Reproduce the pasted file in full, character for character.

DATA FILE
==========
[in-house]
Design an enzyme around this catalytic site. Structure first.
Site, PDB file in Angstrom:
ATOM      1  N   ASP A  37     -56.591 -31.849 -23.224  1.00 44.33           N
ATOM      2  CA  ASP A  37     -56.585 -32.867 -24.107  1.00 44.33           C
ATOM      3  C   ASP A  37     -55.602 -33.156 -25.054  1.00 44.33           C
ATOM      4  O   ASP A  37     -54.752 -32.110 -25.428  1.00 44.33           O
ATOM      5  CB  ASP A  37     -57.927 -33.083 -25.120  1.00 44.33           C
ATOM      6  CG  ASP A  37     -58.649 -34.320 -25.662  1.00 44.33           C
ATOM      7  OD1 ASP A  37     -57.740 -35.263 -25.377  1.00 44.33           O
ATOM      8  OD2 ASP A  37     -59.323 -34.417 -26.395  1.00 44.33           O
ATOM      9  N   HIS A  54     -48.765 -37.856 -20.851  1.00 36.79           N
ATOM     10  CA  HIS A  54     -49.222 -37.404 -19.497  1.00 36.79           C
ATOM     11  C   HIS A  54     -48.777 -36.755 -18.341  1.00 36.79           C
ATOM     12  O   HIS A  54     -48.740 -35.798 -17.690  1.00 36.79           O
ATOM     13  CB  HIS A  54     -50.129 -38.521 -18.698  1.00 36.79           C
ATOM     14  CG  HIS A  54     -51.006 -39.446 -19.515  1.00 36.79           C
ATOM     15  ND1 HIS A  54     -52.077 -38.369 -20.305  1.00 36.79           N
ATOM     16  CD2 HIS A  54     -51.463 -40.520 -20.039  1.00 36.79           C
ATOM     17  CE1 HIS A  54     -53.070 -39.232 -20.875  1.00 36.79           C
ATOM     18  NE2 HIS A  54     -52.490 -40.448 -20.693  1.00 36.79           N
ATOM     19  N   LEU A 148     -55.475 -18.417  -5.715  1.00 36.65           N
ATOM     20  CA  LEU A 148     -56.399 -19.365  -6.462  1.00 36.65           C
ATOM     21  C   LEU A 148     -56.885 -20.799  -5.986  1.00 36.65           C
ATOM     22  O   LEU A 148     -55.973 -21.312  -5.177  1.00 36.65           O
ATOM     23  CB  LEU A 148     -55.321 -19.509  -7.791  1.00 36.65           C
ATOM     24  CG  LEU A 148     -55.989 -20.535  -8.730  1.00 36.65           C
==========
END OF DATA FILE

[in-house]
Design an enzyme around this catalytic site. Structure first.
Site, PDB file in Angstrom:
ATOM      1  N   ASP A  37     -56.591 -31.849 -23.224  1.00 44.33           N
ATOM      2  CA  ASP A  37     -56.585 -32.867 -24.107  1.00 44.33           C
ATOM      3  C   ASP A  37     -55.602 -33.156 -25.054  1.00 44.33           C
ATOM      4  O   ASP A  37     -54.752 -32.110 -25.428  1.00 44.33           O
ATOM      5  CB  ASP A  37     -57.927 -33.083 -25.120  1.00 44.33           C
ATOM      6  CG  ASP A  37     -58.649 -34.320 -25.662  1.00 44.33           C
ATOM      7  OD1 ASP A  37     -57.740 -35.263 -25.377  1.00 44.33           O
ATOM      8  OD2 ASP A  37     -59.323 -34.417 -26.395  1.00 44.33           O
ATOM      9  N   HIS A  54     -48.765 -37.856 -20.851  1.00 36.79           N
ATOM     10  CA  HIS A  54     -49.222 -37.404 -19.497  1.00 36.79           C
ATOM     11  C   HIS A  54     -48.777 -36.755 -18.341  1.00 36.79           C
ATOM     12  O   HIS A  54     -48.740 -35.798 -17.690  1.00 36.79           O
ATOM     13  CB  HIS A  54     -50.129 -38.521 -18.698  1.00 36.79           C
ATOM     14  CG  HIS A  54     -51.006 -39.446 -19.515  1.00 36.79           C
ATOM     15  ND1 HIS A  54     -52.077 -38.369 -20.305  1.00 36.79           N
ATOM     16  CD2 HIS A  54     -51.463 -40.520 -20.039  1.00 36.79           C
ATOM     17  CE1 HIS A  54     -53.070 -39.232 -20.875  1.00 36.79           C
ATOM     18  NE2 HIS A  54     -52.490 -40.448 -20.693  1.00 36.79           N
ATOM     19  N   LEU A 148     -55.475 -18.417  -5.715  1.00 36.65           N
ATOM     20  CA  LEU A 148     -56.399 -19.365  -6.462  1.00 36.65           C
ATOM     21  C   LEU A 148     -56.885 -20.799  -5.986  1.00 36.65           C
ATOM     22  O   LEU A 148     -55.973 -21.312  -5.177  1.00 36.65           O
ATOM     23  CB  LEU A 148     -55.321 -19.509  -7.791  1.00 36.65           C
ATOM     24  CG  LEU A 148     -55.989 -20.535  -8.730  1.00 36.65           C